While the issue of maintenance remains a thorny issue between the biological parents, the charity wanted to know if the child was entitled to medical aid through the Army. Finally it has been accepted that he is entitled to that medical help and in 2009 Seiso will get his next groin contracture release from a plastic surgeon in a military hospital. If Seiso accesses private health care, it frees up a place for another child in the state sector. But as the military hospitals are in Potchefstroom and Pretoria, some procedures will still be carried out in Johannesburg so that the charity can monitor them more effectively.

The charity has worked with Seiso’s grandmother, uncle, mother and father to try to get him the best future. Seiso’s young parents are no longer a couple and his mother, who hopes that she has matriculated this year, now has another son from a different father. The social circumstances remain difficult but there is a caring extended family. Seiso feels equally at home at Children of Fire where he is much loved by Tapera, Tristan, Sizwe, Simamkele and others. He is also very fond of the two dogs Cognac and Buttons, as well as climbing the tree in search of fat purple plums or having a swimming lesson with Swim SA.

He attends school each day and learns fine motor skills, shapes, colours and pre-writing skills in Grade R at the Johannesburg School for Blind, Low Vision and Multiple Disability Children.

He has also had the chance to participate in many extra murals including cookery and drumming. He sings very well.

Seiso has travelled to the Durban seaside, to the Drakensberg Mountains where he went on the exciting Four Rivers zip line, met the King of the Amangwane Nation and visited many fire brigades. In Gauteng he has travelled to Maropeng and the Sterkfontein Caves in the Cradle of Humankind.

Seiso will have many medical procedures in the years to come. His face is largely unscarred but a large patch of scalp is missing and the process to try to restore it will start when he is about eight years old.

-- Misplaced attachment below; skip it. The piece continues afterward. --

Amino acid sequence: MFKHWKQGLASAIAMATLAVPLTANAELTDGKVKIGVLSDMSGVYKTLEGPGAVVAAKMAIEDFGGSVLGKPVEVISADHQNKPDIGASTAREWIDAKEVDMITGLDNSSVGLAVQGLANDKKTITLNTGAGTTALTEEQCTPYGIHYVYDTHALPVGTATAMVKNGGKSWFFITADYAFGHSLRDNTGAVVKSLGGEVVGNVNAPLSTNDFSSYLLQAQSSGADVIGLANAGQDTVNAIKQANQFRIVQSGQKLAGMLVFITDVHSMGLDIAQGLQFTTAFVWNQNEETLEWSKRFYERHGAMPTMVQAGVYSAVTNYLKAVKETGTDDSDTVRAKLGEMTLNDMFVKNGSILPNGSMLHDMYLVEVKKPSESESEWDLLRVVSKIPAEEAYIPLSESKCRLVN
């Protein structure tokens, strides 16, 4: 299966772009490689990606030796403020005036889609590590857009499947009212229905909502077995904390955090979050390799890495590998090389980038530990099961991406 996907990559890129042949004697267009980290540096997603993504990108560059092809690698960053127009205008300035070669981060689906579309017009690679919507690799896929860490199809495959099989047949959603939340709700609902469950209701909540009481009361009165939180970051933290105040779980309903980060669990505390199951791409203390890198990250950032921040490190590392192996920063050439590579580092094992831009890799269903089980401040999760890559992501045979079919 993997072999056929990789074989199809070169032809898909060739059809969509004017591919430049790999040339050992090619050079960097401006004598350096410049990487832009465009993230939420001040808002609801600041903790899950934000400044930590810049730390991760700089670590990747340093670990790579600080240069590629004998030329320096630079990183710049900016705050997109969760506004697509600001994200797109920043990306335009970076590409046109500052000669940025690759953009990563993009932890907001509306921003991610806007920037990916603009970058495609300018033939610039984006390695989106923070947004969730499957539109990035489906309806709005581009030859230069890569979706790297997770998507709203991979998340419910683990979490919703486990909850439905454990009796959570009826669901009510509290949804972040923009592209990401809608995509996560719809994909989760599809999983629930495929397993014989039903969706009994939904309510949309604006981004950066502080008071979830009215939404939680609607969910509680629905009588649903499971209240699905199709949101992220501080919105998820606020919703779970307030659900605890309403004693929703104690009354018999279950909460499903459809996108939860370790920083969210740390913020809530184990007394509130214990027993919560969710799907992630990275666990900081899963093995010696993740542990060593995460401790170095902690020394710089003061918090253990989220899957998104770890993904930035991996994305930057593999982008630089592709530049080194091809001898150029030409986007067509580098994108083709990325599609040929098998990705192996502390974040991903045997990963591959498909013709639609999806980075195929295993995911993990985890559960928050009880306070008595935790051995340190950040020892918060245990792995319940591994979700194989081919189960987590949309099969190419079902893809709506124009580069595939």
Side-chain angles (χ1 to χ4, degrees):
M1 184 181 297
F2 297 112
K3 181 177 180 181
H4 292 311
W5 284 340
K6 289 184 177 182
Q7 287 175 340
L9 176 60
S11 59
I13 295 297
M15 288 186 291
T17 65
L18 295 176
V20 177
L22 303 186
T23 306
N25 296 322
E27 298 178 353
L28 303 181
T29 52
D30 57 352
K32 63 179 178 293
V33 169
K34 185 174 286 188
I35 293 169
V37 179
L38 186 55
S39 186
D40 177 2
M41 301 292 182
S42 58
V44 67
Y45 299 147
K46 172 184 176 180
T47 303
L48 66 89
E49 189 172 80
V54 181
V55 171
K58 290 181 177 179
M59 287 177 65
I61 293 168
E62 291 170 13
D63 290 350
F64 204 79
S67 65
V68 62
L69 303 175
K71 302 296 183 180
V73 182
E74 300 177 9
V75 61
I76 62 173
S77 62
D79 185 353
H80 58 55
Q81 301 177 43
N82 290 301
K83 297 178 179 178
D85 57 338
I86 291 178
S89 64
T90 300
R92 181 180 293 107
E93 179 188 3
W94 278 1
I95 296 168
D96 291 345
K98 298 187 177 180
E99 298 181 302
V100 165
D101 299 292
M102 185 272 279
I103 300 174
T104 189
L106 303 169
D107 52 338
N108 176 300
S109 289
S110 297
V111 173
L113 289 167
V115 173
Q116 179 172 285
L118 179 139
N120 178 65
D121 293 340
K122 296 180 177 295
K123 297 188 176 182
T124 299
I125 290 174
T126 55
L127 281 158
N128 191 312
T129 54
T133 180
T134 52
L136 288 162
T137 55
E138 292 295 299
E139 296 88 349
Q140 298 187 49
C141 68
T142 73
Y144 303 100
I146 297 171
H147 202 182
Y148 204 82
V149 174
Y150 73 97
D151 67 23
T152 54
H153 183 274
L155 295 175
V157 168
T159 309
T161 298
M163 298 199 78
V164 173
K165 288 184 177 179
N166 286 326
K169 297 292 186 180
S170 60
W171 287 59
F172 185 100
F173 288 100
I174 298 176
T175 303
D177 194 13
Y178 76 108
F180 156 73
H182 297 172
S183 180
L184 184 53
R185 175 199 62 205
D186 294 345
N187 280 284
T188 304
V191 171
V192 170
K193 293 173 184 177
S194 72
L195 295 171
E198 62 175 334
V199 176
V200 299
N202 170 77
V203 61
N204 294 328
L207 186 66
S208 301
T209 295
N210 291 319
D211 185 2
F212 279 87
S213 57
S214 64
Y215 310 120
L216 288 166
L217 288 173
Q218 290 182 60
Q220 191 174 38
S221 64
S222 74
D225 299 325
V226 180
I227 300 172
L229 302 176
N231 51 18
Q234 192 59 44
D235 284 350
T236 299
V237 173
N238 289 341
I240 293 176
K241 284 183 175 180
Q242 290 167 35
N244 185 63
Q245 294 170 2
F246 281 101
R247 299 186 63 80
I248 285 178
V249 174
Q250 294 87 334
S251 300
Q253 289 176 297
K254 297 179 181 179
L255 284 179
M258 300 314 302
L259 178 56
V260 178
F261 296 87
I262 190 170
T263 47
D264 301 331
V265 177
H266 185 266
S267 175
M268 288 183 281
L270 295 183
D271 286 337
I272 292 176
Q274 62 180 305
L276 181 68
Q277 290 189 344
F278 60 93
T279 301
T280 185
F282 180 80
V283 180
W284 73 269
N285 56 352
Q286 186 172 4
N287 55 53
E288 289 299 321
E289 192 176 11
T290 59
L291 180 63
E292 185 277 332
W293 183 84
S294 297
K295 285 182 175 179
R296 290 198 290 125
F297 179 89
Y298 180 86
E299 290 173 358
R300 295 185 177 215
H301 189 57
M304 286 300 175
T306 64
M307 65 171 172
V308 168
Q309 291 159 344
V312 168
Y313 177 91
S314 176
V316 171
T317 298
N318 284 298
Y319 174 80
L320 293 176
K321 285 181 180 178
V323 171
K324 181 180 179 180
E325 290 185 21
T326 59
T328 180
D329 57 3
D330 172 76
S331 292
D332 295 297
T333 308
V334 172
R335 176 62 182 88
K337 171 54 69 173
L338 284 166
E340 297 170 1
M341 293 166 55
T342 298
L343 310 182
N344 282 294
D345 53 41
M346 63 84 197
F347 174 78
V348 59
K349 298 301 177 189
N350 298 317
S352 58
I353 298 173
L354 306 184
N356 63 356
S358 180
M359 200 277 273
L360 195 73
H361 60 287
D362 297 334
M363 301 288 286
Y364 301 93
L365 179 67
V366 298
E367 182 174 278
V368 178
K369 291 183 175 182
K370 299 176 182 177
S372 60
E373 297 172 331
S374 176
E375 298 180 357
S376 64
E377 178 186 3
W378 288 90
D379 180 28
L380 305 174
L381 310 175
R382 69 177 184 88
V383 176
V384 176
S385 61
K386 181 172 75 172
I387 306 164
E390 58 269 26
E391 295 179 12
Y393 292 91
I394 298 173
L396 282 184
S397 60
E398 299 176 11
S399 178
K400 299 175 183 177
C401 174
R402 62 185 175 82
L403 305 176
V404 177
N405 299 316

He will also need extensive counselling, especially in adolescent years.

Children of Fire gave evidence as a Friend of the Court about what the future would hold. It also investigated the suggestion of juvenile detention in the Western Cape, phoning seven institutions to find out what the rehabilitation of offenders involved.

The answers were not promising.

The charity is not convinced that the two assailants feel remorse or have demonstrated it.

Children of Fire is not confident that facilities exist that are small enough and personal enough to try to turn two cruel children into compassionate adults who can contribute to society.

We hope that there will some attempt at family therapy for the assailants as mothers have been remarkable for their absence and grandmothers cannot be expected to cope with the situation on their own. Fathers are non apparent.

For Seiso – he does not know that December 9th 2008 is a special day. But one day he will.

He deserves to never have to face his assailants again. While it seems likely that their period of incarceration will be short, part of the future problem is that the attack occurred next door to Seiso’s great-uncle’s home. This is a significant place for family gatherings and Seiso would want to feel free and safe to visit there.

So while protection orders and restraining orders are largely pieces of paper with limited power, Children of Fire feels that it would be reasonable to insist that the family next door should be ordered to live elsewhere.

When children commit crimes, the sentence and the solution should be for the families of the perpetrators as well as for the youthful assailants. If this is not allowable in law, then maybe it is time to the law to be reviewed.

And one day, Seiso Ratswana will google his own name or search a newspaper cuttings library.

He will not want to be remembered for some voyeuristic rehashing of his past again and again. He will want to be remembered for a smile so brilliant that it makes your heart skip a beat. An exuberance of soul. A jumping chuckling child who likes plastic motorbikes cycling at full pelt over noisy stones.